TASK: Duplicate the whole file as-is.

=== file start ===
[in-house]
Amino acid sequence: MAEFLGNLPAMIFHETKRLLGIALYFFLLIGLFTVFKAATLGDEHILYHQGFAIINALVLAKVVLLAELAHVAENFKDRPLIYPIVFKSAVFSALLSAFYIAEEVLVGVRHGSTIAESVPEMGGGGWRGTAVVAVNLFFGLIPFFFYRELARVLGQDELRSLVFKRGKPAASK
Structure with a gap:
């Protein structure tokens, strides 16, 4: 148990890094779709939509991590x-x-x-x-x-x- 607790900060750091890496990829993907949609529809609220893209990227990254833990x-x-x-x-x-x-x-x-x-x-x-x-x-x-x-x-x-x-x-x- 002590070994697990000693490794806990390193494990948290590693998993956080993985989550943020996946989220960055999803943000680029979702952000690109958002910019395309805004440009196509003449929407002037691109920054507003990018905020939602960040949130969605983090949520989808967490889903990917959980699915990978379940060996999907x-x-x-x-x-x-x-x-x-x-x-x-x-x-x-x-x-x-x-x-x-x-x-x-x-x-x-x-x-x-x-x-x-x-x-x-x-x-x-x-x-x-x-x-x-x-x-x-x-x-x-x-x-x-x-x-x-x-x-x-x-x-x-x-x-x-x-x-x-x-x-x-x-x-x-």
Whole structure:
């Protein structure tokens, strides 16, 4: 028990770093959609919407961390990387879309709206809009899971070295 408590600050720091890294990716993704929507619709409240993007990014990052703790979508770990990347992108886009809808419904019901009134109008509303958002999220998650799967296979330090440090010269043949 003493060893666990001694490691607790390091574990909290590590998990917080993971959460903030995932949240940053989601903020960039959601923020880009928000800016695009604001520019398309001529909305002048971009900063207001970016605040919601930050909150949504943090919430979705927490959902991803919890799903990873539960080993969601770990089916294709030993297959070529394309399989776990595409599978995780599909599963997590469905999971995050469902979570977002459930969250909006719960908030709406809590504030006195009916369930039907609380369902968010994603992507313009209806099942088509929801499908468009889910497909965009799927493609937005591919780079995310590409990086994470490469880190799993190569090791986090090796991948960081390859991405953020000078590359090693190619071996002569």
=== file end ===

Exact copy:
[in-house]
Amino acid sequence: MAEFLGNLPAMIFHETKRLLGIALYFFLLIGLFTVFKAATLGDEHILYHQGFAIINALVLAKVVLLAELAHVAENFKDRPLIYPIVFKSAVFSALLSAFYIAEEVLVGVRHGSTIAESVPEMGGGGWRGTAVVAVNLFFGLIPFFFYRELARVLGQDELRSLVFKRGKPAASK
Structure with a gap:
């Protein structure tokens, strides 16, 4: 148990890094779709939509991590x-x-x-x-x-x- 607790900060750091890496990829993907949609529809609220893209990227990254833990x-x-x-x-x-x-x-x-x-x-x-x-x-x-x-x-x-x-x-x- 002590070994697990000693490794806990390193494990948290590693998993956080993985989550943020996946989220960055999803943000680029979702952000690109958002910019395309805004440009196509003449929407002037691109920054507003990018905020939602960040949130969605983090949520989808967490889903990917959980699915990978379940060996999907x-x-x-x-x-x-x-x-x-x-x-x-x-x-x-x-x-x-x-x-x-x-x-x-x-x-x-x-x-x-x-x-x-x-x-x-x-x-x-x-x-x-x-x-x-x-x-x-x-x-x-x-x-x-x-x-x-x-x-x-x-x-x-x-x-x-x-x-x-x-x-x-x-x-x-």
Whole structure:
């Protein structure tokens, strides 16, 4: 028990770093959609919407961390990387879309709206809009899971070295 408590600050720091890294990716993704929507619709409240993007990014990052703790979508770990990347992108886009809808419904019901009134109008509303958002999220998650799967296979330090440090010269043949 003493060893666990001694490691607790390091574990909290590590998990917080993971959460903030995932949240940053989601903020960039959601923020880009928000800016695009604001520019398309001529909305002048971009900063207001970016605040919601930050909150949504943090919430979705927490959902991803919890799903990873539960080993969601770990089916294709030993297959070529394309399989776990595409599978995780599909599963997590469905999971995050469902979570977002459930969250909006719960908030709406809590504030006195009916369930039907609380369902968010994603992507313009209806099942088509929801499908468009889910497909965009799927493609937005591919780079995310590409990086994470490469880190799993190569090791986090090796991948960081390859991405953020000078590359090693190619071996002569």